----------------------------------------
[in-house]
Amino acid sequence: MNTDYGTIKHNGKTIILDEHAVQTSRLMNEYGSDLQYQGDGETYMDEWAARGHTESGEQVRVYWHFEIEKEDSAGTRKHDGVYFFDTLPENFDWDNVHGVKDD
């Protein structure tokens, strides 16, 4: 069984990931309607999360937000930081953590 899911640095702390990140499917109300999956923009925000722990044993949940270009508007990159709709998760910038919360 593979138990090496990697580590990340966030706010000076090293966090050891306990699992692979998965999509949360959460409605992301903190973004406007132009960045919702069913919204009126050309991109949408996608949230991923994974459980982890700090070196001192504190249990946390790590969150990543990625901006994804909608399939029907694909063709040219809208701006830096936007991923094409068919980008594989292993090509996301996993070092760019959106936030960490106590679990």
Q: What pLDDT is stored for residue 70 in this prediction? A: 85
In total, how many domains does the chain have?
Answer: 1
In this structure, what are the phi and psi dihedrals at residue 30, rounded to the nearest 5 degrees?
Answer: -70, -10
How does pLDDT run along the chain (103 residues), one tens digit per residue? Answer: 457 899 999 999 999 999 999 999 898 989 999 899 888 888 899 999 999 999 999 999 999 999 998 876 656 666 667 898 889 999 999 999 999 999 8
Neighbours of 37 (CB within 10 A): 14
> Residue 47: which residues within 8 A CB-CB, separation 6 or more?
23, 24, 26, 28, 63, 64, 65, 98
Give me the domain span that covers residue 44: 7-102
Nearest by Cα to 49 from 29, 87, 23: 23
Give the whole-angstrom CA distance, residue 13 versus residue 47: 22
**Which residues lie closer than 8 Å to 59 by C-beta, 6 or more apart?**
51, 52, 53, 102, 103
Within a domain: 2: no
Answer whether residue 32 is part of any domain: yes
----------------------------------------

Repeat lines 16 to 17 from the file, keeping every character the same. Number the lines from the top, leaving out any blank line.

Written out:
**Which residues lie closer than 8 Å to 59 by C-beta, 6 or more apart?**
51, 52, 53, 102, 103